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Minteer, Ben A.

The Fall of the Wild

Extinction, De-Extinction, and the Ethics of Conservation


    24,95 € / $27.99 / £22.00*

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    December 2018
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    Aims and Scope

    Ben A. Minteer calls for reflection on the ethical dilemmas of species loss and recovery in an increasingly human-driven world. He probes the tension between our impulse to do whatever it takes and the risk of pursuing strategies that undermine our broader commitment to the preservation of wildness.


    25 b&w illustrations
    Professional and scholarly;General/trade;

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    MinteerBen A.:

    Ben A. Minteer is professor of environmental ethics and conservation and the Arizona Zoological Society Endowed Chair in the School of Life Sciences at ASU, a position established by the Maytag family when they founded what is now the Phoenix Zoo. His work grapples with two big questions: What obligations do we have toward species and wildlands in a rapidly changing and increasingly human-shaped environment? And how can a better understanding of the American conservation tradition enhance our efforts to secure a biologically and culturally rich environmental future? His writing is grounded in the tradition of American Pragmatism, especially its moral, scientific, and civic traditions. He is also a Fellow at the Center for Humans and Nature (Chicago).
    Professor Minteer has authored or co-authored more than 70 articles, essays, and book chapters and his work has appeared in Science, Nature, PNAS, BioScience, Conservation Biology, Environmental Ethics, Slate, and Earth Island Journal among other outlets. He has also published many books, including After Preservation: Saving American Nature in the Age of Humans (University of Chicago Press) and The Landscape of Reform: Civic Pragmatism and Environmental Thought in America (MIT Press). His next book, The Ark and Beyond: The Evolution of Zoo and Aquarium Conservation (University of Chicago Press), will appear in the spring of 2018.Ben A. Minteer holds the Arizona Zoological Society Endowed Chair at Arizona State University, where he is a professor of environmental ethics and conservation in the School of Life Sciences. He has authored or edited many books, including The Landscape of Reform: Civic Pragmatism and Environmental Thought in America (2006) and The Ark and Beyond: The Evolution of Zoo and Aquarium Conservation (2018).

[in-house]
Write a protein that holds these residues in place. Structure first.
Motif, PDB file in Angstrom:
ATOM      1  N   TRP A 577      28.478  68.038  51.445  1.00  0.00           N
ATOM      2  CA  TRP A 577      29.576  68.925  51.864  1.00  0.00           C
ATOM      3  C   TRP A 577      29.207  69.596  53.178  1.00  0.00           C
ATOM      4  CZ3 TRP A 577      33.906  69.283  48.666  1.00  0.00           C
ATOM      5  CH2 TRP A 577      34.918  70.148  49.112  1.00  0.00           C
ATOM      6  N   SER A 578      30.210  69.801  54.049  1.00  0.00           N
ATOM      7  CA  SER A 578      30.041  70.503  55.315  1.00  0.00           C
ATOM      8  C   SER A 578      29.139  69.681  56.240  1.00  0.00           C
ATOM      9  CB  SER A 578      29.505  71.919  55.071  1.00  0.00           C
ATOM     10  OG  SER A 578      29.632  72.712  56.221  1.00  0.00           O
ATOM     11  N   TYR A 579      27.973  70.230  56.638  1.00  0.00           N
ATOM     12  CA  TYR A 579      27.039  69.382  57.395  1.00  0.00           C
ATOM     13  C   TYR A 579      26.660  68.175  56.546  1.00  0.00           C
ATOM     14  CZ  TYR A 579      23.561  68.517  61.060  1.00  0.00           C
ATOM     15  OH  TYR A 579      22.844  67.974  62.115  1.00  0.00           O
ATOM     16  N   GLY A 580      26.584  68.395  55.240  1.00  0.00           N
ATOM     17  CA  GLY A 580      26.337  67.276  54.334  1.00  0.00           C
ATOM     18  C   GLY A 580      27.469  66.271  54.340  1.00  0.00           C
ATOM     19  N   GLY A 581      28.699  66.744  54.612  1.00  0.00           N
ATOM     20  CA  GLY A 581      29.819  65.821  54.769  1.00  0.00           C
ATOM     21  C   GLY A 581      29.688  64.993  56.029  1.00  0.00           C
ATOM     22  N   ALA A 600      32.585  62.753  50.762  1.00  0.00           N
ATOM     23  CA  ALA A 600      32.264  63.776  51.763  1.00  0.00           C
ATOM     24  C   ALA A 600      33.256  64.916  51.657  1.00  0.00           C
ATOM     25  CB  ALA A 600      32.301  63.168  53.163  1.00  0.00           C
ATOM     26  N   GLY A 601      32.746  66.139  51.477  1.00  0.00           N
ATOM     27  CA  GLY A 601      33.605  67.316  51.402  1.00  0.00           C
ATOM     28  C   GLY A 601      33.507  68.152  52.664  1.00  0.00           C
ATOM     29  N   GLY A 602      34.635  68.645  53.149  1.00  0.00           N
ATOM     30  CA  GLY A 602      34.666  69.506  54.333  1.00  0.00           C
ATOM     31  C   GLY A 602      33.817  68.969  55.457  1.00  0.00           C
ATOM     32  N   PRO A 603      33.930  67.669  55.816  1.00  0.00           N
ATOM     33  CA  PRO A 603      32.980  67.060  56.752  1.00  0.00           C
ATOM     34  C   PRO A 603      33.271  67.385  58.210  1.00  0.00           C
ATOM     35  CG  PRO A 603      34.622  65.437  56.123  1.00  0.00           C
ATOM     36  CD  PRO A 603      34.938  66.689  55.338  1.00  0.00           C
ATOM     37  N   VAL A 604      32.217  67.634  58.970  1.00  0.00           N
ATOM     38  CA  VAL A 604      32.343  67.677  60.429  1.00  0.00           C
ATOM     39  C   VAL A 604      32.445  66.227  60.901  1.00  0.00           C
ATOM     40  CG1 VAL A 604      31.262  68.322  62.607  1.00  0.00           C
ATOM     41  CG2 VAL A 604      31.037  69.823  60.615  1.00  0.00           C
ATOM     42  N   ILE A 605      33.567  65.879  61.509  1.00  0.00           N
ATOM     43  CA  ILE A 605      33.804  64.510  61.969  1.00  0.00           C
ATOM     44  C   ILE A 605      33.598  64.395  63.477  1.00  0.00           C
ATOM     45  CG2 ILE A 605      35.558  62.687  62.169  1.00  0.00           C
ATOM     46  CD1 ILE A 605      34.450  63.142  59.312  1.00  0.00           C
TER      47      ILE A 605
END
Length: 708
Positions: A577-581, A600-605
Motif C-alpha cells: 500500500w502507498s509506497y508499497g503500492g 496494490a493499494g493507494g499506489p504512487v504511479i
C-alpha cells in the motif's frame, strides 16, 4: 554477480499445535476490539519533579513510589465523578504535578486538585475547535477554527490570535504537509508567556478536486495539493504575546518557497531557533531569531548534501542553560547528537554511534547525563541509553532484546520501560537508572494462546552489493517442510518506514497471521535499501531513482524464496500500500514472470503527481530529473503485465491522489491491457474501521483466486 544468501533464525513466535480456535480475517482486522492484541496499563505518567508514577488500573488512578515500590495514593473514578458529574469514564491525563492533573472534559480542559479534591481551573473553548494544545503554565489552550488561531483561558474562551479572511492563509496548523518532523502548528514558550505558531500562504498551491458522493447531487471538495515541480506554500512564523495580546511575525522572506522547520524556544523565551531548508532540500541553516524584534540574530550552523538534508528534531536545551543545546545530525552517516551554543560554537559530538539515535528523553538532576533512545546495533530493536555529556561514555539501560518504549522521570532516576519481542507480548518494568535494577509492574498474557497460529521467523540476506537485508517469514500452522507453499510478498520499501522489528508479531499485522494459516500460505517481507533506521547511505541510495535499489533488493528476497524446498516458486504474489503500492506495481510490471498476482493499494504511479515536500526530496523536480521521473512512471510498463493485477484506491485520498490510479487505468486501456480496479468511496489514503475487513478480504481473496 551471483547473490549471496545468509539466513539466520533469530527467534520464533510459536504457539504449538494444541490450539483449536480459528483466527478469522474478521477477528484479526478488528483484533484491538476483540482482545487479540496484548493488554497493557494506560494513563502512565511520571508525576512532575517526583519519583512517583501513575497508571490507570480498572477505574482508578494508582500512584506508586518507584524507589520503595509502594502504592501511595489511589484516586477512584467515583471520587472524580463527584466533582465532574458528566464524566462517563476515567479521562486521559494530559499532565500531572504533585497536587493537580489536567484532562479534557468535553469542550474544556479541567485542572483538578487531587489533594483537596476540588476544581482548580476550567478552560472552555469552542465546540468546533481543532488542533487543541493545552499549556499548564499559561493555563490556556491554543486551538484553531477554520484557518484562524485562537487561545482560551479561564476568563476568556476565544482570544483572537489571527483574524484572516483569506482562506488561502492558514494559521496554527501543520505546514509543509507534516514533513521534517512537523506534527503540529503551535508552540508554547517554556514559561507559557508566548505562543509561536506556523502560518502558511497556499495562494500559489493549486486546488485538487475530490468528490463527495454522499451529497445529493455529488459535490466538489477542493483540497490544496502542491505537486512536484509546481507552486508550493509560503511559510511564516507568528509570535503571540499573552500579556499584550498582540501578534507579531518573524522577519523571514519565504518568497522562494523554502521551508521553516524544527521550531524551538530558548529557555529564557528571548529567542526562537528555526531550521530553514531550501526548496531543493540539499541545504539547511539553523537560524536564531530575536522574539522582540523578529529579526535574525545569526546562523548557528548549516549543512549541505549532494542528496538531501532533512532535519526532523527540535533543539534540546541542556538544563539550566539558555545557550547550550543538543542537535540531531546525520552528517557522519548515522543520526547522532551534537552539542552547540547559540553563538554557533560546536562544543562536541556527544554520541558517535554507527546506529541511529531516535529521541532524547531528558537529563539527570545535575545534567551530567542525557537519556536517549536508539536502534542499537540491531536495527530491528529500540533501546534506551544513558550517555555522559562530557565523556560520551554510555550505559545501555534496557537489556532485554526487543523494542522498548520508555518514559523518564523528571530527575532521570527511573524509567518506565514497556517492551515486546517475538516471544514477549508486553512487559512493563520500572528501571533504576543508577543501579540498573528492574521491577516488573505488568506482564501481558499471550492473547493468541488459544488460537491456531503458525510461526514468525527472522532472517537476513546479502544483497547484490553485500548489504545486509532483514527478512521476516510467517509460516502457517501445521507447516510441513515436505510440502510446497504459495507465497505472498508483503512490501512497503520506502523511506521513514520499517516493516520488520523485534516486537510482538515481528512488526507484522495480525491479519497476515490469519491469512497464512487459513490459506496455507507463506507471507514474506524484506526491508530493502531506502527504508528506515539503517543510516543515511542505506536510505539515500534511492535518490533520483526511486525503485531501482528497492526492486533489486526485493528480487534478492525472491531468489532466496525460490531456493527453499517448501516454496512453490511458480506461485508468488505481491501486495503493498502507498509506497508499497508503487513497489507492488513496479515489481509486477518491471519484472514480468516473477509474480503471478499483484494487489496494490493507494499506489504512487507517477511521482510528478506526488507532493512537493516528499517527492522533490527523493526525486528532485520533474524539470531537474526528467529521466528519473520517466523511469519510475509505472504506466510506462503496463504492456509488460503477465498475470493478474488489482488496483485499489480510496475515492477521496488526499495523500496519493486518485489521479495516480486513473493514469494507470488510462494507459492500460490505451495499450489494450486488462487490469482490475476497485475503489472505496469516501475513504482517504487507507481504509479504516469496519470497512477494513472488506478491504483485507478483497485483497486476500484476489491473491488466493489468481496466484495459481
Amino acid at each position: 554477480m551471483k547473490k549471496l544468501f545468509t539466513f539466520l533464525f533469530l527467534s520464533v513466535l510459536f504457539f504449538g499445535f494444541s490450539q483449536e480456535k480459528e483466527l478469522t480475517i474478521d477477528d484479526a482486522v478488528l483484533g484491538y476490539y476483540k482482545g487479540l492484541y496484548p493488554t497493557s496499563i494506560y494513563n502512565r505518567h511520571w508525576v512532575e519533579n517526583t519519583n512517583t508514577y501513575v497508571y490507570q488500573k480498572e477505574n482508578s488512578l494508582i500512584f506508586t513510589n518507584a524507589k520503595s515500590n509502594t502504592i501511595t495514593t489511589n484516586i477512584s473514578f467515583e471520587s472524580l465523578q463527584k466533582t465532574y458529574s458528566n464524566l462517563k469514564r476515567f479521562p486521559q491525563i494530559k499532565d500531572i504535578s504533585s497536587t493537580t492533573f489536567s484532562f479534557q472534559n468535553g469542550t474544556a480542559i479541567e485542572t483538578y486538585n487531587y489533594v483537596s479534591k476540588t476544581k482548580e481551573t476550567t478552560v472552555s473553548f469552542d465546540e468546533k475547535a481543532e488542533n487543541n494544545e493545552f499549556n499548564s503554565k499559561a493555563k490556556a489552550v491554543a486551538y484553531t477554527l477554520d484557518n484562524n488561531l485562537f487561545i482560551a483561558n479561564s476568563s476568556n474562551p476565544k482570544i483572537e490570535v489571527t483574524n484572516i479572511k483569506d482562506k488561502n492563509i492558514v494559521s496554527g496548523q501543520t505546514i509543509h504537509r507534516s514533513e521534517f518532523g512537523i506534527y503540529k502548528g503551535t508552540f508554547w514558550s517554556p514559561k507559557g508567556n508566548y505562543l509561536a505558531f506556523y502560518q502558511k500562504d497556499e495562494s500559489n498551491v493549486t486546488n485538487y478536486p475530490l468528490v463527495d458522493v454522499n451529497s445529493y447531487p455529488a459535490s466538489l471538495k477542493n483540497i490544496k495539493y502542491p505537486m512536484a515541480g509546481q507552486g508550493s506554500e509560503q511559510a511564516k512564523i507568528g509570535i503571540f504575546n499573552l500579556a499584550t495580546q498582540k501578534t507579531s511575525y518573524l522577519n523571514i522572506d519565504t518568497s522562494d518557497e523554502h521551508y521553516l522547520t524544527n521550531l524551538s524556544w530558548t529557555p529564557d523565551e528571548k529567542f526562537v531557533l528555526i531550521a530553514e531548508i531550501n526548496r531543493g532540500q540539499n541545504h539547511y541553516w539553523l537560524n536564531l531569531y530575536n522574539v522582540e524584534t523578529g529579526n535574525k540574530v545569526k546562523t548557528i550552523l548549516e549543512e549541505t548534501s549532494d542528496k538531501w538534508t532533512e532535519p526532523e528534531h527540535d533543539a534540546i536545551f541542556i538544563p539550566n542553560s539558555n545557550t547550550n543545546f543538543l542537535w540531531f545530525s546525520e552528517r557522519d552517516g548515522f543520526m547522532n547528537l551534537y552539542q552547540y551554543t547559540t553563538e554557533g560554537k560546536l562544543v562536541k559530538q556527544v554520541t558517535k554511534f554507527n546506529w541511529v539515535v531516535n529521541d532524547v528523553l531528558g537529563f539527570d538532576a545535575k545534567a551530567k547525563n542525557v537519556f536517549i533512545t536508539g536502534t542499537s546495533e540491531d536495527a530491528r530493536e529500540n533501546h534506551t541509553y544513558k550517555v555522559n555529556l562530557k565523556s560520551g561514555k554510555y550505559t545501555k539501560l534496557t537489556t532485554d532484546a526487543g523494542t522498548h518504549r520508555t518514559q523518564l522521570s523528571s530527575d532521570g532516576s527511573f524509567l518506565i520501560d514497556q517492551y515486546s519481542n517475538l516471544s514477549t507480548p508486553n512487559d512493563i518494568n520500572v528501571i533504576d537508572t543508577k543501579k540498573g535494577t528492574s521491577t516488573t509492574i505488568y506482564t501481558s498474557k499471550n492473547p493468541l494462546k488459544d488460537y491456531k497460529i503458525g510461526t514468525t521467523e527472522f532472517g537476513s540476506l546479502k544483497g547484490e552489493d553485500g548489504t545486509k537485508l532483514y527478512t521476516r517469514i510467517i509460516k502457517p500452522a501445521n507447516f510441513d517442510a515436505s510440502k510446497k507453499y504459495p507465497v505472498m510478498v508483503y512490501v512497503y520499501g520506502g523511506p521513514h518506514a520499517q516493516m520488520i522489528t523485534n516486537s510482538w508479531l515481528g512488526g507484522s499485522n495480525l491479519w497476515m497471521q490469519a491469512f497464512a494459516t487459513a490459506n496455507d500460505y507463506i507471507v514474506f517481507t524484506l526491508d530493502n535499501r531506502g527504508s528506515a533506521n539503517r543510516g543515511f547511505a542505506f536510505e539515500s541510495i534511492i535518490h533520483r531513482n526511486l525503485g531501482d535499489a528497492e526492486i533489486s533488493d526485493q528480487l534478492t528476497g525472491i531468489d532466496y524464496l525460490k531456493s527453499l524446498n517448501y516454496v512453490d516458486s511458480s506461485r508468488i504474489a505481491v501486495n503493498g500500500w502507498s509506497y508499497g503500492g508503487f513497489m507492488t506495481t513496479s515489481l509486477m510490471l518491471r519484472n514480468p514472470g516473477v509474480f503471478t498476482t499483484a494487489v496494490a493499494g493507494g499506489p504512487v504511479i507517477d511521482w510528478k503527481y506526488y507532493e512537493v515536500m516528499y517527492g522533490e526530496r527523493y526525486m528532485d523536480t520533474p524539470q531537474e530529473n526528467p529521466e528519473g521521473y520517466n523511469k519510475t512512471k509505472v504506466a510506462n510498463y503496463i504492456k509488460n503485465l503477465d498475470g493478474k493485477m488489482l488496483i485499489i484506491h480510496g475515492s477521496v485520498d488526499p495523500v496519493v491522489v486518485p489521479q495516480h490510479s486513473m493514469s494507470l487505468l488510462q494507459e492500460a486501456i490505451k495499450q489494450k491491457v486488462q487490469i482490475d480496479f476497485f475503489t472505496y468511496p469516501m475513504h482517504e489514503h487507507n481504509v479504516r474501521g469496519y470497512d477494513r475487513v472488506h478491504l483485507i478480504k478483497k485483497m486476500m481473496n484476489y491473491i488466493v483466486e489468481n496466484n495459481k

Curt Meine, author of Aldo Leopold: His Life and Work:
    In this pithy set of essays Minteer tackles some of the thorniest questions we face as caring citizens and dwellers on the Earth. As human environmental effects accelerate and our technological capacities expand, we face complex decisions involving where and when and how to intervene in ecosystems in the name of conservation. With clarity and circumspection Minteer examines our assumptions about wildness, our human capacity to live with it (or without it), and the far-reaching ethical implications of our choices.

    Harry W. Greene, author of Tracks and Shadows: Field Biology as Art:
    The central ethical question addressed by Minteer is not only how far we might go to prevent biological extinction but also how far should we go. He comes to this conundrum as a distinguished environmental philosopher with a broad and deep record of thoughtful scholarship, as well as the heart of someone who obviously cares about the future of nature. And most importantly, at a time when answering the question is ever more urgent, he plots a carefully explicated, cautiously hopeful course forward.

    Gary Paul Nabhan, author of Food from the Radical Center: Healing Our Lands and Communities:
    In a kind of writing that has become rare today because of its mix of honesty, eloquence and compassion, Ben Minteer has done us all a favor by giving us a clear-headed, full-hearted perspective on where the conservation movement can and should move in the future. In doing so, he joins the ranks of other great thinkers who changed the course of conservation history during their all-too-brief sojourns into Arizona's deserts and mountains, from Aldo Leopold and Joseph Wood Krutch to Ed Abbey and Paul Martin. Minteer bravely takes on the many facile assumptions of conservation's technofixologists and misanthropes alike to offer us a humbler and hopefully more effective way to save and to savor the presence of the remaining living riches of the "natural" world.

    Elizabeth Kolbert, author of The Sixth Extinction: An Unnatural History:
    What to do—and not to do—about the biodiversity crisis that we ourselves are engineering? In The Fall of the Wild, Ben Minteer takes us through the options. His assessment of the situation is balanced, clear-sighted, and humane.

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